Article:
*based on our experience and satisfaction with FSC® and PEFC.
9Wood offers designers certified wood ceilings through two certification programs: FSC® (Forest Stewardship Council®) and PEFC (Programme for the Endorsement of Forest Certification). Both programs offer certified wood that qualifies for LEED credits. (See also 9Wood’s Journey supplying certified wood.)
Before looking at these programs, it is helpful to review their purpose: to promote well-managed forestry.
Sustainable Forest Management
The United Nations defines Sustainable Forest Management (SFM) as:
The stewardship and use of forests and forest lands in a way, and at a rate, that maintains their biodiversity, productivity, regeneration capacity, vitality and their potential to fulfill, now and in the future, relevant ecological, economic and social functions, at local, national, and global levels, and that does not cause damage to other ecosystems. (per FAO; the UN Food and Agriculture Organization)
In simple terms SFM is a stool balanced on three legs: social, economic and environmental, designed to deliver better outcomes for forests.
There is a growing international consensus on the key elements of SFM. Seven thematic areas have emerged:
To activate these principles on-the-ground, organizations were needed to certify forest operators were actually practicing sustainable forestry. The basic requirements of a credible forest certification program include:
- Principles and criteria that defend Sustainable Forest Management thematic areas:
- Protection of biodiversity, species at risk and wildlife habitat.
- Forest health at sustainable harvest levels.
- Protection of water quality.
- Prompt regeneration (e.g., replanting and reforestation).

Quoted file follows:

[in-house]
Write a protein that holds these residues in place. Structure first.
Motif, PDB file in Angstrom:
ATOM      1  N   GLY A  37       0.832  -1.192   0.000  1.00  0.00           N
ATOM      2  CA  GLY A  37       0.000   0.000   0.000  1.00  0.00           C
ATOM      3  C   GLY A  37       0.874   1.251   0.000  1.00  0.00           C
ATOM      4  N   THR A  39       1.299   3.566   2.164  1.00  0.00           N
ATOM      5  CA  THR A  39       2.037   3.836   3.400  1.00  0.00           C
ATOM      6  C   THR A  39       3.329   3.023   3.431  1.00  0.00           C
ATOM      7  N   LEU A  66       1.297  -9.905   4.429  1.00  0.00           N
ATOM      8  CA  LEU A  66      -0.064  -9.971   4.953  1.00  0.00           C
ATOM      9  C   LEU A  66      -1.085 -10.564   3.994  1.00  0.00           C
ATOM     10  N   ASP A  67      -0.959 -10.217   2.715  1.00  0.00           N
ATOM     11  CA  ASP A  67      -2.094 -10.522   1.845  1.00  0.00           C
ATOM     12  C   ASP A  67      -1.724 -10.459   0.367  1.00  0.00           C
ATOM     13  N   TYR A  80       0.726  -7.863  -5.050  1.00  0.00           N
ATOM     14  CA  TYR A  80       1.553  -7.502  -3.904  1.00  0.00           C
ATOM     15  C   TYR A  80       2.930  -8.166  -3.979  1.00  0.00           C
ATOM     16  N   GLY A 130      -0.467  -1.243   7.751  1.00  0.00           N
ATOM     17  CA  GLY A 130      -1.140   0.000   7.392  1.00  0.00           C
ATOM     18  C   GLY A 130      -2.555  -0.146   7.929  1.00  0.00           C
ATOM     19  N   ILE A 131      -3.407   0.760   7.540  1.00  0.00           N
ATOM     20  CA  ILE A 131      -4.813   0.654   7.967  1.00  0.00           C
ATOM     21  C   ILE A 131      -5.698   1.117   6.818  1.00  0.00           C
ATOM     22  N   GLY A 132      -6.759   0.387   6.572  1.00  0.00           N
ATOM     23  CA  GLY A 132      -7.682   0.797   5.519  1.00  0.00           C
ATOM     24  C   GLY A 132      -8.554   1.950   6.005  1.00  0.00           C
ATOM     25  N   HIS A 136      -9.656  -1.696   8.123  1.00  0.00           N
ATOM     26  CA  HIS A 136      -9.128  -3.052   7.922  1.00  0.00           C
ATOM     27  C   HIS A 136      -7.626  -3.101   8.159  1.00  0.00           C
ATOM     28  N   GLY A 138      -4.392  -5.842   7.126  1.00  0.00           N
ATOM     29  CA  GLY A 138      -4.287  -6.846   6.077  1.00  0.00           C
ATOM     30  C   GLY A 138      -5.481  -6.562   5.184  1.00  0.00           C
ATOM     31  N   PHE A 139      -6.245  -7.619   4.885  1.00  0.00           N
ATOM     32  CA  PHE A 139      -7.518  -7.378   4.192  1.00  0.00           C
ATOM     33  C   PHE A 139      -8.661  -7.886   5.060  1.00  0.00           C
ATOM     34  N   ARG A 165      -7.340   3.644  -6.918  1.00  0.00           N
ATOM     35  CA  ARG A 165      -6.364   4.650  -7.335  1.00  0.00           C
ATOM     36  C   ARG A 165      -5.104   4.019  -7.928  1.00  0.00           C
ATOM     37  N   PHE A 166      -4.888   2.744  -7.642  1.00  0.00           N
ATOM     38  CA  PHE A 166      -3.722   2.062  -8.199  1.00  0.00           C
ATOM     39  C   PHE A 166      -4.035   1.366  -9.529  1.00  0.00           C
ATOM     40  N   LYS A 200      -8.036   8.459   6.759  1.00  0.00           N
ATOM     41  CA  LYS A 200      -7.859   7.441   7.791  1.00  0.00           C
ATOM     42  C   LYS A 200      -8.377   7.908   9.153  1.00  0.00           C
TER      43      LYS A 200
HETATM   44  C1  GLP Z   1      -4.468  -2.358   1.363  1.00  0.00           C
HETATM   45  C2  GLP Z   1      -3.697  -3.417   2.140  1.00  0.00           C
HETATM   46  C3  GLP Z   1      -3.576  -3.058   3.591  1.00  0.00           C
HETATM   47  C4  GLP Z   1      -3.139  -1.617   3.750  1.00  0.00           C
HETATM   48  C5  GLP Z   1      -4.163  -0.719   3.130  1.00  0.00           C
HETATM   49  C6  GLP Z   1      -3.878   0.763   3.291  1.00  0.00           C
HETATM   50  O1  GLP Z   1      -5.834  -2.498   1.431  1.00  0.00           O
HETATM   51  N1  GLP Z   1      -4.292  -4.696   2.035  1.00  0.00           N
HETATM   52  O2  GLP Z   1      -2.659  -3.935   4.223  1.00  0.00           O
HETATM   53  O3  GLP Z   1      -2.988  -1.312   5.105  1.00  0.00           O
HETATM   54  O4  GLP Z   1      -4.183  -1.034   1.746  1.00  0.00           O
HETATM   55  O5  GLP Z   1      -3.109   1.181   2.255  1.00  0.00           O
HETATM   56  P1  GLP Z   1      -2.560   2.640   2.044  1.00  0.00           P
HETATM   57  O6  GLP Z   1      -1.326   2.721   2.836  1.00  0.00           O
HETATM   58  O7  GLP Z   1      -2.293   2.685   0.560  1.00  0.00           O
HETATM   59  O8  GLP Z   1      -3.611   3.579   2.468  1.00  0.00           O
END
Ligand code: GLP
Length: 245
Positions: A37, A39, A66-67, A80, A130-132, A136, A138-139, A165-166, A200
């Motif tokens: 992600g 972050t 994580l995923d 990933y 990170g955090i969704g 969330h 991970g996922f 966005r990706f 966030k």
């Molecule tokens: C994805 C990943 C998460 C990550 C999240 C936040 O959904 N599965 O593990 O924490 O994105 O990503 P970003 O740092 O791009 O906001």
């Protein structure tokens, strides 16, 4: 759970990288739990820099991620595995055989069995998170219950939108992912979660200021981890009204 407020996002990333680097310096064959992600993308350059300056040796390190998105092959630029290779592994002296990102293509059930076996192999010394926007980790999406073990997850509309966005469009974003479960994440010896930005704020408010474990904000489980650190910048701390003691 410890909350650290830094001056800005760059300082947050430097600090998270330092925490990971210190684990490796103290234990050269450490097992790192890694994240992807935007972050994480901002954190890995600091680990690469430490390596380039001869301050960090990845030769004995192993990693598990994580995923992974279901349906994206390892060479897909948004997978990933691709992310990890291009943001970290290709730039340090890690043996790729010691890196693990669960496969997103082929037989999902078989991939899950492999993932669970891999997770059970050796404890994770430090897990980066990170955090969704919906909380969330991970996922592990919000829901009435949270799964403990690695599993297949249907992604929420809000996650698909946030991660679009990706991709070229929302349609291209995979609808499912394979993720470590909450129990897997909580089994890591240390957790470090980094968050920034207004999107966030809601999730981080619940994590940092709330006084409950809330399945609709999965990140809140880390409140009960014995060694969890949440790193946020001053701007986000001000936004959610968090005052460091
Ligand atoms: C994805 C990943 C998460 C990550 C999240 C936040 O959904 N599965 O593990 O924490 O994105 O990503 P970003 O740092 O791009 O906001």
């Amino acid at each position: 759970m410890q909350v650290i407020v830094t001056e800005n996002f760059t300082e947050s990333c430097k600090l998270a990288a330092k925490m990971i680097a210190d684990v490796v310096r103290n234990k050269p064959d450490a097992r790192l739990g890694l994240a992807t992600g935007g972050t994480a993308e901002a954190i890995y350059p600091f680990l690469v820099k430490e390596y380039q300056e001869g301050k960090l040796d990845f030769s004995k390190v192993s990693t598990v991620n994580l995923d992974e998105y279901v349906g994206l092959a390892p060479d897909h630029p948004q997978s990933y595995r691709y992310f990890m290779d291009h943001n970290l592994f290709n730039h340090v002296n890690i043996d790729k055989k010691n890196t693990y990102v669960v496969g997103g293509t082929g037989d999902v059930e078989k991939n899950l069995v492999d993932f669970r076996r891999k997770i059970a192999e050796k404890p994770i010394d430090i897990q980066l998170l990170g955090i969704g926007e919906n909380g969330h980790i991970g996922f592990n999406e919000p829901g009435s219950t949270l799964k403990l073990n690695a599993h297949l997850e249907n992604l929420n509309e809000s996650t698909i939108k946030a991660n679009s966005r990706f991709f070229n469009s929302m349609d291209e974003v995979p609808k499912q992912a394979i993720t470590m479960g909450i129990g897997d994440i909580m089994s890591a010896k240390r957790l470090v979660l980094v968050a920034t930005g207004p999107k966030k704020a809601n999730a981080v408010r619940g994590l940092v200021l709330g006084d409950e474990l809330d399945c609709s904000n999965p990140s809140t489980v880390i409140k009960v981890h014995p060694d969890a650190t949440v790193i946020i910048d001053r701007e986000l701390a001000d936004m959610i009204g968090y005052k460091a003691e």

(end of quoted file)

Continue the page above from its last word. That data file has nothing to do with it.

- Protection for local economies and indigenous peoples.
- Third-party certification audits performed by accredited certification bodies.
- Publicly available and transparent certification audit summaries.
- Multi-stakeholder involvement in a standards development process.
- A complaints and appeals process.
The largest certifying organizations are global, providing a system for voluntary accreditation and independent third-party certification. These NGOs are designed to be market driven, not government mandated. The idea is that consumers choosing to purchase certified wood over non-certified will motivate forest stakeholders to expand forest certification—and well-managed forestry will flourish. Certification organizations allow certificate holders to market their wood products using the organization’s eco-label, signaling the consumer the wood product in view originated from well-managed, sustainable forests.
Certifying organizations drafted, and regularly update, defined forestry standards. Each organization has its own standards, typically divided into Principles, Objectives and Criteria. PEFC, for example, has a series of 14 Principles, 38 Objectives and 101 Criteria that cover the thematic areas of Sustainable Forest Management. Ten general principles summarize FSC’s basic criteria for a well-managed forest. These are typically long and detailed documents, which can be found on the organization’s website.
There are two types of certification: Forest Management (for landowners, who grow the trees) and Chain-of-Custody (for suppliers and manufacturers, who use the harvested trees). In both types of certification, independent accredited Certification Bodies (“certifiers” like Scientific Certification Services) inspect and verify the certificate-holding landowners and suppliers (also known as operators) comply with the standards established by the certifying organization. Chain-of-Custody verifies that supply chain members can effectively identify and keep harvested certified wood separate throughout their operations all the way to the end user. 9Wood is accredited as both an FSC and PEFC Chain-of-Custody manufacturer by Scientific Certification Systems.